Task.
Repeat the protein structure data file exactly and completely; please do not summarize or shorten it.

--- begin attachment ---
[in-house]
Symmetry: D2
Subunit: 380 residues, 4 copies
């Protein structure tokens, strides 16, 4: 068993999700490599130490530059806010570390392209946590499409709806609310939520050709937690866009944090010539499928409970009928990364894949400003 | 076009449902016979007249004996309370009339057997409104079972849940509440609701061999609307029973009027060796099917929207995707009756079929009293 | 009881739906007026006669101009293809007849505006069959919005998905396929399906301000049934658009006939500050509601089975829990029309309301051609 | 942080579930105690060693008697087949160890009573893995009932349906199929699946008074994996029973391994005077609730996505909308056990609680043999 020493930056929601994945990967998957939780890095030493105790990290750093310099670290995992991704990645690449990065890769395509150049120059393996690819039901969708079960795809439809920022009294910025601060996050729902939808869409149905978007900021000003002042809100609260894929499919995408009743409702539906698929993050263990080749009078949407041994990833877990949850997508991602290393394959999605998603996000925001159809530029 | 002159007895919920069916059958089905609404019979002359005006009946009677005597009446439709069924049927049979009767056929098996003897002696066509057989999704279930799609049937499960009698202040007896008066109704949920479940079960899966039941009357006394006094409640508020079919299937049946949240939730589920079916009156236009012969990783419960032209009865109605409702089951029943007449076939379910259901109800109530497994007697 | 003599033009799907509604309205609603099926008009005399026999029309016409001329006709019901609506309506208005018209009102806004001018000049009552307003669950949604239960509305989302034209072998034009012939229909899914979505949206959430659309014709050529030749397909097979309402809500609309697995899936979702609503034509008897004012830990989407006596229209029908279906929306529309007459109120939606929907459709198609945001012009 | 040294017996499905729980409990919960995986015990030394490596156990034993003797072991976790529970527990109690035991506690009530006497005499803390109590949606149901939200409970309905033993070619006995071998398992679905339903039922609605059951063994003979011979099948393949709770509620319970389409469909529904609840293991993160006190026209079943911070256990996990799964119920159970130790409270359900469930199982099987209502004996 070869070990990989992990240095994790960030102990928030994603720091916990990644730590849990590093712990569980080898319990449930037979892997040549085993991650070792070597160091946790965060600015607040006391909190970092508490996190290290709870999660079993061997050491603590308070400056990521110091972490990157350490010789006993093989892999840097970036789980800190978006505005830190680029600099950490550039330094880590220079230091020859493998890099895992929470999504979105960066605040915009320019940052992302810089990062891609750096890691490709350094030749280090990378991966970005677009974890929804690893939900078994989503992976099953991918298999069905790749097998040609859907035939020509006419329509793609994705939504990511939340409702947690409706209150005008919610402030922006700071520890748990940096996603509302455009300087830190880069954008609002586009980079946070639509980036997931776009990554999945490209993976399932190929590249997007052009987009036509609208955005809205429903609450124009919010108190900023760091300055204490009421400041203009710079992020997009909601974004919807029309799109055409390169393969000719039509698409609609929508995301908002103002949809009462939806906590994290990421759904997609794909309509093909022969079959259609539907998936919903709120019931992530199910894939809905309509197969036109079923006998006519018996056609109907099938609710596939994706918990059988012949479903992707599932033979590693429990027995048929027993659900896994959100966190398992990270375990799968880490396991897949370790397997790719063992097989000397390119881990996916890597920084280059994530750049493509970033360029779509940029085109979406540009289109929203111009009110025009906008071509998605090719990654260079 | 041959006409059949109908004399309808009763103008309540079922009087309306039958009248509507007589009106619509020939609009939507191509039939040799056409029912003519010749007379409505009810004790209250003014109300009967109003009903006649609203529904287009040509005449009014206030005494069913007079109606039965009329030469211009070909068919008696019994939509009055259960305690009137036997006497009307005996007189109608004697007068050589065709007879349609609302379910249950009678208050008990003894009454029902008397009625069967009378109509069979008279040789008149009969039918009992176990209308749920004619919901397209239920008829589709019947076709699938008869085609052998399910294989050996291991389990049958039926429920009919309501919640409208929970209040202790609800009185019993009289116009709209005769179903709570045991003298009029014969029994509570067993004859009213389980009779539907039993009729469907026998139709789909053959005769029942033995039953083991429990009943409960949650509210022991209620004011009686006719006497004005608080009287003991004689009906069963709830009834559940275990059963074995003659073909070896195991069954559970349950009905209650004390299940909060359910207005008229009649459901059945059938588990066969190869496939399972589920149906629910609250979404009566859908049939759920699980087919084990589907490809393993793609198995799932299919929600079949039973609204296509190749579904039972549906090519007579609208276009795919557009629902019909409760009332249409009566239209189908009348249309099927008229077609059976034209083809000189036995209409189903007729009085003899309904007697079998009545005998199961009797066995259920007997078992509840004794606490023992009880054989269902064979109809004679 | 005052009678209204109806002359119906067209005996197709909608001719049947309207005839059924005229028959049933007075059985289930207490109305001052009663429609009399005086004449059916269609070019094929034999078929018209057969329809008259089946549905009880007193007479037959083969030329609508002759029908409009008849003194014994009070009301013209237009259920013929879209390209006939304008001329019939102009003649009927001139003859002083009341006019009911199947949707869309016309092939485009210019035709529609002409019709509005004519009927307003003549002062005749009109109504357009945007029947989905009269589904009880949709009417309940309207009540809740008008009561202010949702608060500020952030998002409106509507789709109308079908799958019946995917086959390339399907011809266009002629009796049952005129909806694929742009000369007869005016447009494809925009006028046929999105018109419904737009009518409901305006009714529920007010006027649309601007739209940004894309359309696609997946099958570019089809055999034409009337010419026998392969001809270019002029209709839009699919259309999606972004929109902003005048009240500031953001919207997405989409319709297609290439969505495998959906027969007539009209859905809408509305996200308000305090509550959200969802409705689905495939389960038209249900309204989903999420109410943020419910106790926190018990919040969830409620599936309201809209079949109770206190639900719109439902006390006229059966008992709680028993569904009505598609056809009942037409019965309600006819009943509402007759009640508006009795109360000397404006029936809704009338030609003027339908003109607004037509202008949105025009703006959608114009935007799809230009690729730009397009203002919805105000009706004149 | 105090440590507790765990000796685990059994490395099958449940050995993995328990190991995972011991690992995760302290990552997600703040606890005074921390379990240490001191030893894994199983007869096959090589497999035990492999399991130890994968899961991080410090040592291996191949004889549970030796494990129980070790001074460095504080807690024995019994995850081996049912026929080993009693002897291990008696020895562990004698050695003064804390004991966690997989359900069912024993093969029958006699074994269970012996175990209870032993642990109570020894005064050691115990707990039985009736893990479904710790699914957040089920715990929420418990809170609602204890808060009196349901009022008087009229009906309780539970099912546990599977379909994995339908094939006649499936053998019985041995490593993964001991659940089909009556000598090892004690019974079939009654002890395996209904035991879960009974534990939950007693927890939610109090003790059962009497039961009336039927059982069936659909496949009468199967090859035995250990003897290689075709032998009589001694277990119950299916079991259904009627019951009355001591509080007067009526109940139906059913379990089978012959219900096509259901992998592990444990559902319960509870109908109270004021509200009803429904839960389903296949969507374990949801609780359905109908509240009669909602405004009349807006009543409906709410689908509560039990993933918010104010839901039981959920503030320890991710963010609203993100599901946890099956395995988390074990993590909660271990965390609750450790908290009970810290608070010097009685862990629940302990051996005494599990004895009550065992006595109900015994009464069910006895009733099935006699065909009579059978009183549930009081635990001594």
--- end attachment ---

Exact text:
[in-house]
Symmetry: D2
Subunit: 380 residues, 4 copies
């Protein structure tokens, strides 16, 4: 068993999700490599130490530059806010570390392209946590499409709806609310939520050709937690866009944090010539499928409970009928990364894949400003 | 076009449902016979007249004996309370009339057997409104079972849940509440609701061999609307029973009027060796099917929207995707009756079929009293 | 009881739906007026006669101009293809007849505006069959919005998905396929399906301000049934658009006939500050509601089975829990029309309301051609 | 942080579930105690060693008697087949160890009573893995009932349906199929699946008074994996029973391994005077609730996505909308056990609680043999 020493930056929601994945990967998957939780890095030493105790990290750093310099670290995992991704990645690449990065890769395509150049120059393996690819039901969708079960795809439809920022009294910025601060996050729902939808869409149905978007900021000003002042809100609260894929499919995408009743409702539906698929993050263990080749009078949407041994990833877990949850997508991602290393394959999605998603996000925001159809530029 | 002159007895919920069916059958089905609404019979002359005006009946009677005597009446439709069924049927049979009767056929098996003897002696066509057989999704279930799609049937499960009698202040007896008066109704949920479940079960899966039941009357006394006094409640508020079919299937049946949240939730589920079916009156236009012969990783419960032209009865109605409702089951029943007449076939379910259901109800109530497994007697 | 003599033009799907509604309205609603099926008009005399026999029309016409001329006709019901609506309506208005018209009102806004001018000049009552307003669950949604239960509305989302034209072998034009012939229909899914979505949206959430659309014709050529030749397909097979309402809500609309697995899936979702609503034509008897004012830990989407006596229209029908279906929306529309007459109120939606929907459709198609945001012009 | 040294017996499905729980409990919960995986015990030394490596156990034993003797072991976790529970527990109690035991506690009530006497005499803390109590949606149901939200409970309905033993070619006995071998398992679905339903039922609605059951063994003979011979099948393949709770509620319970389409469909529904609840293991993160006190026209079943911070256990996990799964119920159970130790409270359900469930199982099987209502004996 070869070990990989992990240095994790960030102990928030994603720091916990990644730590849990590093712990569980080898319990449930037979892997040549085993991650070792070597160091946790965060600015607040006391909190970092508490996190290290709870999660079993061997050491603590308070400056990521110091972490990157350490010789006993093989892999840097970036789980800190978006505005830190680029600099950490550039330094880590220079230091020859493998890099895992929470999504979105960066605040915009320019940052992302810089990062891609750096890691490709350094030749280090990378991966970005677009974890929804690893939900078994989503992976099953991918298999069905790749097998040609859907035939020509006419329509793609994705939504990511939340409702947690409706209150005008919610402030922006700071520890748990940096996603509302455009300087830190880069954008609002586009980079946070639509980036997931776009990554999945490209993976399932190929590249997007052009987009036509609208955005809205429903609450124009919010108190900023760091300055204490009421400041203009710079992020997009909601974004919807029309799109055409390169393969000719039509698409609609929508995301908002103002949809009462939806906590994290990421759904997609794909309509093909022969079959259609539907998936919903709120019931992530199910894939809905309509197969036109079923006998006519018996056609109907099938609710596939994706918990059988012949479903992707599932033979590693429990027995048929027993659900896994959100966190398992990270375990799968880490396991897949370790397997790719063992097989000397390119881990996916890597920084280059994530750049493509970033360029779509940029085109979406540009289109929203111009009110025009906008071509998605090719990654260079 | 041959006409059949109908004399309808009763103008309540079922009087309306039958009248509507007589009106619509020939609009939507191509039939040799056409029912003519010749007379409505009810004790209250003014109300009967109003009903006649609203529904287009040509005449009014206030005494069913007079109606039965009329030469211009070909068919008696019994939509009055259960305690009137036997006497009307005996007189109608004697007068050589065709007879349609609302379910249950009678208050008990003894009454029902008397009625069967009378109509069979008279040789008149009969039918009992176990209308749920004619919901397209239920008829589709019947076709699938008869085609052998399910294989050996291991389990049958039926429920009919309501919640409208929970209040202790609800009185019993009289116009709209005769179903709570045991003298009029014969029994509570067993004859009213389980009779539907039993009729469907026998139709789909053959005769029942033995039953083991429990009943409960949650509210022991209620004011009686006719006497004005608080009287003991004689009906069963709830009834559940275990059963074995003659073909070896195991069954559970349950009905209650004390299940909060359910207005008229009649459901059945059938588990066969190869496939399972589920149906629910609250979404009566859908049939759920699980087919084990589907490809393993793609198995799932299919929600079949039973609204296509190749579904039972549906090519007579609208276009795919557009629902019909409760009332249409009566239209189908009348249309099927008229077609059976034209083809000189036995209409189903007729009085003899309904007697079998009545005998199961009797066995259920007997078992509840004794606490023992009880054989269902064979109809004679 | 005052009678209204109806002359119906067209005996197709909608001719049947309207005839059924005229028959049933007075059985289930207490109305001052009663429609009399005086004449059916269609070019094929034999078929018209057969329809008259089946549905009880007193007479037959083969030329609508002759029908409009008849003194014994009070009301013209237009259920013929879209390209006939304008001329019939102009003649009927001139003859002083009341006019009911199947949707869309016309092939485009210019035709529609002409019709509005004519009927307003003549002062005749009109109504357009945007029947989905009269589904009880949709009417309940309207009540809740008008009561202010949702608060500020952030998002409106509507789709109308079908799958019946995917086959390339399907011809266009002629009796049952005129909806694929742009000369007869005016447009494809925009006028046929999105018109419904737009009518409901305006009714529920007010006027649309601007739209940004894309359309696609997946099958570019089809055999034409009337010419026998392969001809270019002029209709839009699919259309999606972004929109902003005048009240500031953001919207997405989409319709297609290439969505495998959906027969007539009209859905809408509305996200308000305090509550959200969802409705689905495939389960038209249900309204989903999420109410943020419910106790926190018990919040969830409620599936309201809209079949109770206190639900719109439902006390006229059966008992709680028993569904009505598609056809009942037409019965309600006819009943509402007759009640508006009795109360000397404006029936809704009338030609003027339908003109607004037509202008949105025009703006959608114009935007799809230009690729730009397009203002919805105000009706004149 | 105090440590507790765990000796685990059994490395099958449940050995993995328990190991995972011991690992995760302290990552997600703040606890005074921390379990240490001191030893894994199983007869096959090589497999035990492999399991130890994968899961991080410090040592291996191949004889549970030796494990129980070790001074460095504080807690024995019994995850081996049912026929080993009693002897291990008696020895562990004698050695003064804390004991966690997989359900069912024993093969029958006699074994269970012996175990209870032993642990109570020894005064050691115990707990039985009736893990479904710790699914957040089920715990929420418990809170609602204890808060009196349901009022008087009229009906309780539970099912546990599977379909994995339908094939006649499936053998019985041995490593993964001991659940089909009556000598090892004690019974079939009654002890395996209904035991879960009974534990939950007693927890939610109090003790059962009497039961009336039927059982069936659909496949009468199967090859035995250990003897290689075709032998009589001694277990119950299916079991259904009627019951009355001591509080007067009526109940139906059913379990089978012959219900096509259901992998592990444990559902319960509870109908109270004021509200009803429904839960389903296949969507374990949801609780359905109908509240009669909602405004009349807006009543409906709410689908509560039990993933918010104010839901039981959920503030320890991710963010609203993100599901946890099956395995988390074990993590909660271990965390609750450790908290009970810290608070010097009685862990629940302990051996005494599990004895009550065992006595109900015994009464069910006895009733099935006699065909009579059978009183549930009081635990001594």